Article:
Artist Arline Erdrich also known for conservation role in Hernando County

Arline Erdrich stands in her garage in front of her two-part panel called the Dragon and the Pure One meet the Phoenix of Cinnabar Mountain, painted in 1989. Erdrich, an avid environmentalist, died Sunday at Oak Hill Hospital in Spring Hill.

Times (2004)

Arline Erdrich stands in her garage in front of her two-part panel called the Dragon and the Pure One meet the Phoenix of Cinnabar Mountain, painted in 1989. Erdrich, an avid environmentalist, died Sunday at Oak Hill Hospital in Spring Hill.

There are a couple of ways to check out the work of Arline Erdrich.

You can go to her website, arlineerdrich.com, to view her highly regarded paintings, some of which are in the collections of museums and international corporations.

The other way is through a Google Maps search of Erdrich's adopted hometown of Aripeka. The green starts just to the south and continues mostly uninterrupted until it hits the big patches of protected land north of the Weeki Wachee River.

"We really created a corridor," said her fellow artist and environmental activist, Leslie Neumann.

By "we" she means the Gulf Coast Conservancy. And though Erdrich, 75, who died from heart disease Sunday, had help in founding the organization, she alone, Neumann said, "had the Olympian view" — saw that it shouldn't get bogged down fighting every mini-mart and instead focus on setting aside large areas of natural land.

Her biggest victory had to do with a project called Oak Sound, which was the Quarry Preserve of its day, a development of 6,000 homes and a regional mall planned for old mining land east of Hernando Beach.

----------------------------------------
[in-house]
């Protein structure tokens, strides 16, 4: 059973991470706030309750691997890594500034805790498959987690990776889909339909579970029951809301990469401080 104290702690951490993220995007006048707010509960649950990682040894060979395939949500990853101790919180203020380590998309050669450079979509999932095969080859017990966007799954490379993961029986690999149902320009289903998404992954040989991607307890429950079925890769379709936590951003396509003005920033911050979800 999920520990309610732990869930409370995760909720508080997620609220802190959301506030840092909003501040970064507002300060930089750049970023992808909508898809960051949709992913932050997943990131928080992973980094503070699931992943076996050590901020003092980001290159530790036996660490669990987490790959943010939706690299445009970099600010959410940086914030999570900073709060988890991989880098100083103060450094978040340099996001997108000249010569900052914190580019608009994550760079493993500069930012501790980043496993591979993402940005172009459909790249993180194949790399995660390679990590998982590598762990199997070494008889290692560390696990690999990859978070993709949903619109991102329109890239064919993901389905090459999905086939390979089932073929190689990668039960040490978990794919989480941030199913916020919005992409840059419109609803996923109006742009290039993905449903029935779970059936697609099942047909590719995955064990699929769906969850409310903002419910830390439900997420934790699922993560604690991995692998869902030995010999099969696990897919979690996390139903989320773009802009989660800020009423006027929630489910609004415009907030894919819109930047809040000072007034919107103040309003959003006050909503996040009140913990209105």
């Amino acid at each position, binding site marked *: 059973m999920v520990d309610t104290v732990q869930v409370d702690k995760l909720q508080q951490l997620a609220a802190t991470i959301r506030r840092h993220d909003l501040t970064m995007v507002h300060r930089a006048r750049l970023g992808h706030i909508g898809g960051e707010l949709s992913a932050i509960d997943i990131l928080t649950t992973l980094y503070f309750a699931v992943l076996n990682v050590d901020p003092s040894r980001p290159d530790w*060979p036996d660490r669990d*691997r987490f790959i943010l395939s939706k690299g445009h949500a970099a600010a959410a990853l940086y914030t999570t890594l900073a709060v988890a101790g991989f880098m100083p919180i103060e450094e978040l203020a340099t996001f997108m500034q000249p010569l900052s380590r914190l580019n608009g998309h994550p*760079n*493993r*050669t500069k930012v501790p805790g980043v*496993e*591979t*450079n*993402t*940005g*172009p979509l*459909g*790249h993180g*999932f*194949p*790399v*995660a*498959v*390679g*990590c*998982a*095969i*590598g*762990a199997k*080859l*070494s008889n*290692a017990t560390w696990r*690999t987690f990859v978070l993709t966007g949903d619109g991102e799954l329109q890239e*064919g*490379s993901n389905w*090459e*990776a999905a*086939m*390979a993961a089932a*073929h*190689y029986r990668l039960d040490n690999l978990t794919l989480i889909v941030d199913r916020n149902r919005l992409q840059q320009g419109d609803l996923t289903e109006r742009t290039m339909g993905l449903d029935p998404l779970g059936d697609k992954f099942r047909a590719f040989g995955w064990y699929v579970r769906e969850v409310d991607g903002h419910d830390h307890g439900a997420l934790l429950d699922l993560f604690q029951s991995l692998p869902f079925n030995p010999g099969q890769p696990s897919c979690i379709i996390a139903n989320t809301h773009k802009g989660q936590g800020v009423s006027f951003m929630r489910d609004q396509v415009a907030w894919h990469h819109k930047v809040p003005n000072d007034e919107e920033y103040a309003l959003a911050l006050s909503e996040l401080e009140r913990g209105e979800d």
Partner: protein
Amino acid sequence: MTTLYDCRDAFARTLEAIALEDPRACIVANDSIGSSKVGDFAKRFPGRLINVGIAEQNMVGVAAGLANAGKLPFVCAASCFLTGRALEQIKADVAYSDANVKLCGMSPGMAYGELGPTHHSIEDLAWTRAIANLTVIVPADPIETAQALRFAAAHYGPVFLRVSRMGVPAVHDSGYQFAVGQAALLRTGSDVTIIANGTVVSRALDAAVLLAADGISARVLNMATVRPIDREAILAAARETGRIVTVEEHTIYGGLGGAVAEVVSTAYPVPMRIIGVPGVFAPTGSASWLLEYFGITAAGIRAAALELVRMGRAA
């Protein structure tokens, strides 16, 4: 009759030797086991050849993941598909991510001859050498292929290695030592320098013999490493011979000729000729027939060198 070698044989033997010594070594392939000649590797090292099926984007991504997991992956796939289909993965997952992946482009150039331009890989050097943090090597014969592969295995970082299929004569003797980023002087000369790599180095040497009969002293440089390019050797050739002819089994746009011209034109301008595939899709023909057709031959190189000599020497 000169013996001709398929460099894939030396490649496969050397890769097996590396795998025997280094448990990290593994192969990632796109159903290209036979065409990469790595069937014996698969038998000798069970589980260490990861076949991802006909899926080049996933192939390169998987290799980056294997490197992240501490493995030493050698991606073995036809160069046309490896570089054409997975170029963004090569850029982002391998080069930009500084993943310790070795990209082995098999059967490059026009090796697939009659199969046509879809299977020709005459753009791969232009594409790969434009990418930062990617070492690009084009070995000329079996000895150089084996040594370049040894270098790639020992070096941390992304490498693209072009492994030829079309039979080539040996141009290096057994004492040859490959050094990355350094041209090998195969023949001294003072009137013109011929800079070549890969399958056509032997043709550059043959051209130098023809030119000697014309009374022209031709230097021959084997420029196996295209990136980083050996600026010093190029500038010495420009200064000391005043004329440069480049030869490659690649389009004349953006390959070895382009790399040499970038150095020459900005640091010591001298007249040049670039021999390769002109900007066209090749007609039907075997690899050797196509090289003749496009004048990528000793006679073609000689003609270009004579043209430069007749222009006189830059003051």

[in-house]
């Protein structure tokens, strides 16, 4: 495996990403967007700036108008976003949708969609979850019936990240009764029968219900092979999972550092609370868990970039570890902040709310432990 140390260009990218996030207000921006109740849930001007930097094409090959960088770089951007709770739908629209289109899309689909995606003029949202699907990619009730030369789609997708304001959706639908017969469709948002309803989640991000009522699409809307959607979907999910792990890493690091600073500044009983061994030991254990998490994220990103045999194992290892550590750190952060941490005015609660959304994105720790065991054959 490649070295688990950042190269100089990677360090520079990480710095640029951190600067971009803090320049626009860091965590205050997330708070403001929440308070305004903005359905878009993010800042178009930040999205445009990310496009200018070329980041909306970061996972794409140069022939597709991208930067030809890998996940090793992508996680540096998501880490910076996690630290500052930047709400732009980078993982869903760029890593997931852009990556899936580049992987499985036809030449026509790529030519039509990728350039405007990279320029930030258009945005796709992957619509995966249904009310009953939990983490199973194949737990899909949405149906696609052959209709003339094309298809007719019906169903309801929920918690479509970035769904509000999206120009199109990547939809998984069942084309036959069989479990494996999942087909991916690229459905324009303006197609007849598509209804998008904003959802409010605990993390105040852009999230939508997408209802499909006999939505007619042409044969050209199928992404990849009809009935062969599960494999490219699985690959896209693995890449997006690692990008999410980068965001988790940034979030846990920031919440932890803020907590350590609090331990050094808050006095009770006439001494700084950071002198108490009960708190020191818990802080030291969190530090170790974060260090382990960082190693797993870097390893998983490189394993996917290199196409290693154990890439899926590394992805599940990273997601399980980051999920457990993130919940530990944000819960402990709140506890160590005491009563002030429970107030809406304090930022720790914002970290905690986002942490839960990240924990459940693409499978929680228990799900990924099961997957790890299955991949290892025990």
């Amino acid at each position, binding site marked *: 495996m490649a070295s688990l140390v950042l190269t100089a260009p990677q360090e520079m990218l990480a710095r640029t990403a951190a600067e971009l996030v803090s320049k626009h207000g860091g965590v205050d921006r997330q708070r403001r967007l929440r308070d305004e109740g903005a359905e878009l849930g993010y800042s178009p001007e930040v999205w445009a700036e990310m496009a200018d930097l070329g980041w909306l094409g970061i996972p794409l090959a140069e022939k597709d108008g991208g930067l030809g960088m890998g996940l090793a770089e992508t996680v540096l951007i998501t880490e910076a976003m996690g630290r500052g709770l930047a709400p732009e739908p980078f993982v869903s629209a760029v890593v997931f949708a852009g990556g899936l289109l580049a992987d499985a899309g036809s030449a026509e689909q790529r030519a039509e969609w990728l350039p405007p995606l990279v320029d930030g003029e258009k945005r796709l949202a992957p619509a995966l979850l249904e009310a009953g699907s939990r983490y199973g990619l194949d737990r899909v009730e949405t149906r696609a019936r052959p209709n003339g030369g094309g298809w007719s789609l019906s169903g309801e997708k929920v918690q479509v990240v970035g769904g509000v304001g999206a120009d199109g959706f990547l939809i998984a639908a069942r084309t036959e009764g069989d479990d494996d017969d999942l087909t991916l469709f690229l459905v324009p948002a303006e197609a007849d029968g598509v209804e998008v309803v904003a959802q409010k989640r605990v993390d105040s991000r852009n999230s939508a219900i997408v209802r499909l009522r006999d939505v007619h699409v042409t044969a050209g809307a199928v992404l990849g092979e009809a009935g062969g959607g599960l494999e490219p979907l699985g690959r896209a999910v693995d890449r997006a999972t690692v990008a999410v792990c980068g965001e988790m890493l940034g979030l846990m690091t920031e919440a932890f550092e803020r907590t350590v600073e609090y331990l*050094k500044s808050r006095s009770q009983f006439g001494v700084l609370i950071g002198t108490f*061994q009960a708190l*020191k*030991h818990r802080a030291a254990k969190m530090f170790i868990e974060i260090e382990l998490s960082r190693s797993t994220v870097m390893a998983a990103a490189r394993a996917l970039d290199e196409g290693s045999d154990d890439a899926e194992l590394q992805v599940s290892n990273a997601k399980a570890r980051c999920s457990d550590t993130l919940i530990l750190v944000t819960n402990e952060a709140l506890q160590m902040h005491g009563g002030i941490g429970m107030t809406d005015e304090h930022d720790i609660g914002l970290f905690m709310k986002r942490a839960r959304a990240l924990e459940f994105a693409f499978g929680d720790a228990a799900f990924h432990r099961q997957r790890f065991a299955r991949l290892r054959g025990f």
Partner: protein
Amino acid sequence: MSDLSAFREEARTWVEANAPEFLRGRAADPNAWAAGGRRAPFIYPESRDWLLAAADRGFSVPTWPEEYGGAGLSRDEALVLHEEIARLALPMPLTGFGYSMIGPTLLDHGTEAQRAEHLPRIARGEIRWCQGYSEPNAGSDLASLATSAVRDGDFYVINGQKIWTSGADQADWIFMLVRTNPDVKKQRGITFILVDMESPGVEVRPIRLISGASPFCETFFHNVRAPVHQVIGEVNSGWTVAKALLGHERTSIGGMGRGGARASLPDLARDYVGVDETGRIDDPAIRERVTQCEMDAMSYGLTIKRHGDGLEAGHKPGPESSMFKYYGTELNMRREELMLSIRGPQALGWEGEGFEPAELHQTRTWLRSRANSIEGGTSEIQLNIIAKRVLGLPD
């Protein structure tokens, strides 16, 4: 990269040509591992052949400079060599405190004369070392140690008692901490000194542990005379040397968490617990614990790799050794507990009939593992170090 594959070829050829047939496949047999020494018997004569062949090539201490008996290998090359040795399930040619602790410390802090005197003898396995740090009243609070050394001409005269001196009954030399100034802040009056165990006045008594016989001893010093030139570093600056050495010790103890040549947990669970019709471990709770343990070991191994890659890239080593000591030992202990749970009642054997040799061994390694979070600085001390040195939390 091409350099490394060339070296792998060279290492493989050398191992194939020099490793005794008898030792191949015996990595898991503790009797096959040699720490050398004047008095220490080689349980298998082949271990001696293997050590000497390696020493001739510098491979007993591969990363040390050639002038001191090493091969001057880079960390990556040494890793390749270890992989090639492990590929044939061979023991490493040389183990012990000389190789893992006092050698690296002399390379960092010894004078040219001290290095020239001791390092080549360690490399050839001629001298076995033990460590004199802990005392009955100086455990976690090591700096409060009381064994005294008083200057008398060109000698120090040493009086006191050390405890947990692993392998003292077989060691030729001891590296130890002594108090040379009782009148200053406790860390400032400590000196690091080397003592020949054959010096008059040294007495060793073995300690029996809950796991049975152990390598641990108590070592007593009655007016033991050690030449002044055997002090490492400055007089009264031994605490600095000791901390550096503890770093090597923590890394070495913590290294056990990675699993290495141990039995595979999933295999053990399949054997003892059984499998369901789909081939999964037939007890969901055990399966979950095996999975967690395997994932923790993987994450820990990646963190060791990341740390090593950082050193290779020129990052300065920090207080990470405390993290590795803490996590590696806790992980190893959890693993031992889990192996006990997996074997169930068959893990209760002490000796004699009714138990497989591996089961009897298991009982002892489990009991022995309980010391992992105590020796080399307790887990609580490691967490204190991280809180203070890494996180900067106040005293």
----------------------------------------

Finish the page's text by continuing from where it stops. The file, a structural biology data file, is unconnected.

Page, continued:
Haven't heard of it? That's because in 1994, the Southwest Florida Water Management District bought the site and renamed it the Weekiwachee Preserve.

That, in turn, prevented all of the related development that surely would have branched out from Oak Sound. And because people who buy property for environmental protection prefer it to be next to existing tracts of natural land, the preserve has grown from 6,000 to 11,206 acres.

Erdrich, a New Yorker who beat Hodgkin's disease in the 1970s, when it was all but incurable, and fought a lifetime of heart trouble caused by those brutal doses of radiation, could, no surprise, be combative.

The coast, if unprotected, would be "Epcot under glass" she told the Hernando County Commission in 1992. In 2007, she called the mansion an Aripeka neighbor was building "grotesque to the ultimate." But she also worked with the commission, with the water management district, with better-funded environmental groups such as the Nature Conservancy, and with reporters.

She not only supplied us with those lively quotes, but she was better than anyone else at the time in articulating what her cause was all about.

Natural beauty was, after all, the reason she moved to Aripeka in 1983 — that and like-minded artists, including her longtime neighbor, friend and landlord, Jim Rosenquist.

Nearly 20 years ago, she asked me rhetorically whether in the long run the county would be better off — more marketable, more appealing, more valuable — with thousands of additional homes or with a beautiful natural coastline.

As obvious as the answer seems in the morning-after wreckage of the real estate boom, we seem to be forgetting this — and at a time, like the mid 1990s, when landowners want to sell. The state Legislature, it appears, won't set aside any money to buy natural land this year. The County Commission seems to think if environmentally sensitive lands revenue is unclaimed, it can be spent like bills found on the street.

I wish Erdrich was around, in her prime, to set them straight.

Artist Arline Erdrich also known for conservation role in Hernando County 04/05/11 [Last modified: Tuesday, April 5, 2011 11:02pm]

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